President Trump signed an executive order Thursday making it easier for churches and other religious groups to engage in politics without endangering their tax-exempt status.
Trump approved the measure in the Rose Garden at the White House surrounded by clergy and leaders of faith organizations during a National Day of Prayer event.
“Today my administration is leading by example as we take historic steps to protect religious liberty in the United States of America,” the president said. “We will not allow people of faith to be targeted, bullied or silenced anymore.”
The measure is designed to ease enforcement of a provision in the federal tax code known as the Johnson Amendment that bars religious institutions from endorsing or opposing political candidates and parties. It directs the IRS to “exercise maximum enforcement discretion” of the amendment, according to the White House.
Additionally, it directs several agencies to consider regulatory relief for those who object to ObamaCare’s preventive service mandate on religious grounds.
Trump is fulfilling a promise he made to social conservatives, who strongly backed him during the 2016 campaign. Those groups have long argued that the Johnson Amendment violates their First Amendment rights.
Scrapping the amendment was a major rallying cry for Trump on the campaign trail and he made it one of his earliest promises once he took office.
“Under my administration, free speech does not end at the steps of a cathedral or synagogue or any other house of worship,” Trump said. “We are giving our churches their voices back, we are giving them back in their highest form.”
“I will get rid of and totally destroy the Johnson Amendment and allow our representatives of faith to speak freely and without fear of retribution,” Trump said at the National Prayer Breakfast in February, less than two weeks after his inauguration.
Many Republican lawmakers have also called for repeal of the Johnson Amendment, and doing so was part of the 2016 GOP party platform.
Rep. Jody Hice (R-Ga.) said at House Oversight and Government Reform Committee hearing Thursday that the Johnson Amendment has had a “chilling effect through fear and intimidation from IRS threats.”
Hice has introduced legislation to allow churches and other nonprofits to engage in political activity as long as it’s in the normal course of business. He said he appreciates Trump’s executive order, but added that “it’s time that we rid our nation of this unconstitutional law by way of legislative action.”
House Ways and Means Committee Chairman Kevin Brady (R-Texas) has expressed his intention to include repeal of the amendment in tax-reform legislation that his committee is preparing.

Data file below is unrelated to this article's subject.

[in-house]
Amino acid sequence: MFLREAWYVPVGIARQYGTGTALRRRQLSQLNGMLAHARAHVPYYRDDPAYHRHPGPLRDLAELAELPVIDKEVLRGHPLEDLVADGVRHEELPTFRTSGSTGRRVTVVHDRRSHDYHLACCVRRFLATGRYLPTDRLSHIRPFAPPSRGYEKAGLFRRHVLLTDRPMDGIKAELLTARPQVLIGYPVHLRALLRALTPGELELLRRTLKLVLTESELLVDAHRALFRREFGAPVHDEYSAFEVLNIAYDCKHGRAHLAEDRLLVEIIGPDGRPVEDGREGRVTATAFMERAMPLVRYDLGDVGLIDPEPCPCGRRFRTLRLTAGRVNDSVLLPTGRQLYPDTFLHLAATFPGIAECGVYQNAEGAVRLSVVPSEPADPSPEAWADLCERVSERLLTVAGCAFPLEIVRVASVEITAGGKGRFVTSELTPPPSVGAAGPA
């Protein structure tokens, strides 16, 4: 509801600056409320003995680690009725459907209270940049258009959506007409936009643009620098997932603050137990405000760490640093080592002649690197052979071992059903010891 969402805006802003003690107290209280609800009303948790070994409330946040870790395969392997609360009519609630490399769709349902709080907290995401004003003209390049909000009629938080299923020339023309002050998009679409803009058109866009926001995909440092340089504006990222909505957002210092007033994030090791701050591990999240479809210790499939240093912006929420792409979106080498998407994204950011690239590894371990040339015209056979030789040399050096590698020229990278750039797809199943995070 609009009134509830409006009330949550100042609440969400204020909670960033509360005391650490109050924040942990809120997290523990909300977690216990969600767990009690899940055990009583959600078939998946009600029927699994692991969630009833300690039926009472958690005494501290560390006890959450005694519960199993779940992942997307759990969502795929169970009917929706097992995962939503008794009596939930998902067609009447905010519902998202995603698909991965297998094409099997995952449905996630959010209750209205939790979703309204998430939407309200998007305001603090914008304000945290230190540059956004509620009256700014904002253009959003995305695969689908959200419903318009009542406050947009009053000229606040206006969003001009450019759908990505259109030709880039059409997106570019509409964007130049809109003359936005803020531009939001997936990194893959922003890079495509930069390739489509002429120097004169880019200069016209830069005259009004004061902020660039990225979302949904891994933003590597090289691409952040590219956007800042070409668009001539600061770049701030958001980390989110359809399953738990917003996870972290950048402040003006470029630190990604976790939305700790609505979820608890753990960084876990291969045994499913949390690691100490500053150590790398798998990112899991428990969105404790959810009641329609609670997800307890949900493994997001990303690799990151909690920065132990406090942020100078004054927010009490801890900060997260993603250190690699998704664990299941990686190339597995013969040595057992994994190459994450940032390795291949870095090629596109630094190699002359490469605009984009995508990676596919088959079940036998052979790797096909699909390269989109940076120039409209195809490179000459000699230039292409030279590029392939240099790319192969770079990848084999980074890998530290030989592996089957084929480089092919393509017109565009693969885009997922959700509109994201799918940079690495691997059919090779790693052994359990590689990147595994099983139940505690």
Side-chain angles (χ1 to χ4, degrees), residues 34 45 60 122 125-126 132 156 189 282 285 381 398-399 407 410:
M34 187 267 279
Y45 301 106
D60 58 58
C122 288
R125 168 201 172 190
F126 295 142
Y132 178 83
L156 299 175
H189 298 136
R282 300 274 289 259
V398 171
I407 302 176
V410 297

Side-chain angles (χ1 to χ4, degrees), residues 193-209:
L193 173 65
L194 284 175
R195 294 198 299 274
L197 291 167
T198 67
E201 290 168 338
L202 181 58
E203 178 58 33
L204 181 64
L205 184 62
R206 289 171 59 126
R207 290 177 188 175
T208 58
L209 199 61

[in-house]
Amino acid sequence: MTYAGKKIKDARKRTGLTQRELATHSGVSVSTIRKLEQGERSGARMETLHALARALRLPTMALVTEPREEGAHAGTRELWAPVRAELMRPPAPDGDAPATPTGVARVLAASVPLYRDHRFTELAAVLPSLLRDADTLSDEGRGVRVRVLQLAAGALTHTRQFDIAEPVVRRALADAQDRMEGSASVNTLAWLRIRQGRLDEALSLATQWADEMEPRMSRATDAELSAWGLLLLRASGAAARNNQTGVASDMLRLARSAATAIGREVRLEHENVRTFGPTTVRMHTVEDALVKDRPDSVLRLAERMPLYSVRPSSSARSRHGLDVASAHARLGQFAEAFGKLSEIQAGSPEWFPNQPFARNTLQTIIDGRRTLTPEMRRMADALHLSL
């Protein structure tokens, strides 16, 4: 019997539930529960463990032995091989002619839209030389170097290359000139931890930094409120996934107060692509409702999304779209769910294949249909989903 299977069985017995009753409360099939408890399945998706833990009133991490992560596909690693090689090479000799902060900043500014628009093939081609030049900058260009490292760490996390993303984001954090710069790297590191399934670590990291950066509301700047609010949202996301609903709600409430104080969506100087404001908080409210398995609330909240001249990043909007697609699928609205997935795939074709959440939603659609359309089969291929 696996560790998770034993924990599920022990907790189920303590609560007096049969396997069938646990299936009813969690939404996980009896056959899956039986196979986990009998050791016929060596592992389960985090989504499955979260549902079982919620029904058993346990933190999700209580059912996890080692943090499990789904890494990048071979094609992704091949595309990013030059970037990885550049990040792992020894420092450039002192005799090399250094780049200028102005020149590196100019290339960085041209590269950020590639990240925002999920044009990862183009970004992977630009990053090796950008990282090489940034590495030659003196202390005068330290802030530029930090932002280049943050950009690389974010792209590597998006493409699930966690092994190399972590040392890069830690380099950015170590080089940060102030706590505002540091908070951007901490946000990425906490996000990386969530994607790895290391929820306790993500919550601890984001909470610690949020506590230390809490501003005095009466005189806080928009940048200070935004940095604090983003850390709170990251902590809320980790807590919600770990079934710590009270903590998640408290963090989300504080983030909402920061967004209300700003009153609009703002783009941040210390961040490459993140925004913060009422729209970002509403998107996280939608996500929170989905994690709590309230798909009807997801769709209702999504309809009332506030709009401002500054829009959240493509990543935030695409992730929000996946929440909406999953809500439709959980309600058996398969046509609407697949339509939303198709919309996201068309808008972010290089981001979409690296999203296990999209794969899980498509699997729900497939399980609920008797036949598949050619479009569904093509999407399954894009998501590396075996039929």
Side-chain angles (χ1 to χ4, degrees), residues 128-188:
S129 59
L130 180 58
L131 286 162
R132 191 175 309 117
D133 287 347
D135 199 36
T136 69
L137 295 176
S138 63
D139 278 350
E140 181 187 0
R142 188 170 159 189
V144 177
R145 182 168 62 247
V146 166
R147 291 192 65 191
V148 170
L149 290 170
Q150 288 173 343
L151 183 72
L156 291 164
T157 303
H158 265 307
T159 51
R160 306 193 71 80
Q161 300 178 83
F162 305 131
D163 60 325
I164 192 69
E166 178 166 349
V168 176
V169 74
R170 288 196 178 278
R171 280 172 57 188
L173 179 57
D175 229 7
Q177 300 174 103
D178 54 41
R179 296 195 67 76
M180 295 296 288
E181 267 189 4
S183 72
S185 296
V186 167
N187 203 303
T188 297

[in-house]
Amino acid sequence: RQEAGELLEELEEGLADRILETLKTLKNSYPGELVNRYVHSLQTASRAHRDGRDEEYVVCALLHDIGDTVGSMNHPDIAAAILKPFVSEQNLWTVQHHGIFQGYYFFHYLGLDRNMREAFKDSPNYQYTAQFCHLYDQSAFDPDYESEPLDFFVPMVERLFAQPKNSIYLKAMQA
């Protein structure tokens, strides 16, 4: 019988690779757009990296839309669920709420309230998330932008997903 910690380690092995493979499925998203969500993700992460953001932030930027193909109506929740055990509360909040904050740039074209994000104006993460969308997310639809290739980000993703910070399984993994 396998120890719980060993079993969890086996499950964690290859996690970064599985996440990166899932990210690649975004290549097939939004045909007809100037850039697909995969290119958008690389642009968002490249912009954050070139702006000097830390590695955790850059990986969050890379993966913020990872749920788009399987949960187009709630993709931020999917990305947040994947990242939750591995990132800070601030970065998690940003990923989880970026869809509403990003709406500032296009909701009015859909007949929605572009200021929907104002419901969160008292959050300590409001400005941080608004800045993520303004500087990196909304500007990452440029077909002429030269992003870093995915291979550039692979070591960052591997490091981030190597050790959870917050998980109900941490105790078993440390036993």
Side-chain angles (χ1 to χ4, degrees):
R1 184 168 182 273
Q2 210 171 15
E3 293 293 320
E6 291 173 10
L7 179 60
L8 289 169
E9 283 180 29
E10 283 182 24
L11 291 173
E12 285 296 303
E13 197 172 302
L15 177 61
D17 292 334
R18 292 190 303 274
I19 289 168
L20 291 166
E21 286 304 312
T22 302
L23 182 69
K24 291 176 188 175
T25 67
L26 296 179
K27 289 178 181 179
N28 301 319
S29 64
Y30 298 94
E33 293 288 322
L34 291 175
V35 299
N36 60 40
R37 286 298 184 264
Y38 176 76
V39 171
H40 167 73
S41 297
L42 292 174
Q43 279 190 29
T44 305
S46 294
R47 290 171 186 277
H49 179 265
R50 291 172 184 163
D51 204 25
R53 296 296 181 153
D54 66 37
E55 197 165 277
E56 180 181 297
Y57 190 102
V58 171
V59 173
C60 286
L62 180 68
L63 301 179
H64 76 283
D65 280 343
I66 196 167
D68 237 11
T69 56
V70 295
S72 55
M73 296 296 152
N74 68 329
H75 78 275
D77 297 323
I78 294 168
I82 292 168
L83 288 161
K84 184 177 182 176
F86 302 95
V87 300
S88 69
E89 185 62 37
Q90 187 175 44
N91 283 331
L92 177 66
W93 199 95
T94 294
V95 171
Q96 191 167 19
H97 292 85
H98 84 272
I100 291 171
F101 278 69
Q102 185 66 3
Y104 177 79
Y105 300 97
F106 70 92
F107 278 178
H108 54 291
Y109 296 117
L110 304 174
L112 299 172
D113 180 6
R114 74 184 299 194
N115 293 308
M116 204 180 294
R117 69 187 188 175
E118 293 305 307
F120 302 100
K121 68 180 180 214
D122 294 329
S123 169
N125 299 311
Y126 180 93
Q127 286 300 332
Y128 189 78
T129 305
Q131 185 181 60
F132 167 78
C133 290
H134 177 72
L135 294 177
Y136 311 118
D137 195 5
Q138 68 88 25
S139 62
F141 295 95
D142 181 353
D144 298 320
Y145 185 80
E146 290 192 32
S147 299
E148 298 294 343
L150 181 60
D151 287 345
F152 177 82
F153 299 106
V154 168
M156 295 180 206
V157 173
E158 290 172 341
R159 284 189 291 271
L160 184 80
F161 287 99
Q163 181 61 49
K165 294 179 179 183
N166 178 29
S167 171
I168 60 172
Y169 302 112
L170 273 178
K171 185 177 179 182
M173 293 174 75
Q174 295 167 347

“I look forward to continuing to work with the Administration to eliminate the damaging effects of the Johnson Amendment,” he said in a statement.
But the Democrats as well as some charities and religious groups have been fighting for the Johnson Amendment to be preserved. They argue that churches already can engage in some political activities and that easing the Johnson Amendment would politicize nonprofits and increase the use of “dark money” in politics.
Rep. Raja Krishnamoorthi (D-Ill.) said at the Oversight hearing that Trump’s executive order will have “little effect,” because the “IRS rarely brings enforcement actions against houses of worship that engage in political activity.”
Shortly after the order was released, the American Civil Liberties Union and Public Citizen said they planned to sue the administration over the order. However, they later decided against doing so, noting that the order doesn’t actually change the current law.
“We were fully prepared to sue if the president carried through on his promise to gut the law and allow our churches and charities to be turned into conduits for political spending,” said Robert Weissman, president of Public Citizen. “Thankfully, Trump’s order doesn’t do that, but his reckless statements likely will encourage the illegal funneling of dark money through religious institutions and ostensibly religious nonprofits.”
ACLU Executive Director Anthony Romero called the order “an elaborate photo-op with no discernible policy outcome.”
“After careful review of the order’s text we have determined that the order does not meaningfully alter the ability of religious institutions or individuals to intervene in the political process,” he said. “The order portends but does not yet do harm to the provision of reproductive health services.”
Some social conservatives voiced frustration the order does not include provisions to allow them to oppose LGBT rights on religious grounds.
Civil rights groups earlier this week were gearing up for a battle if those provisions were included.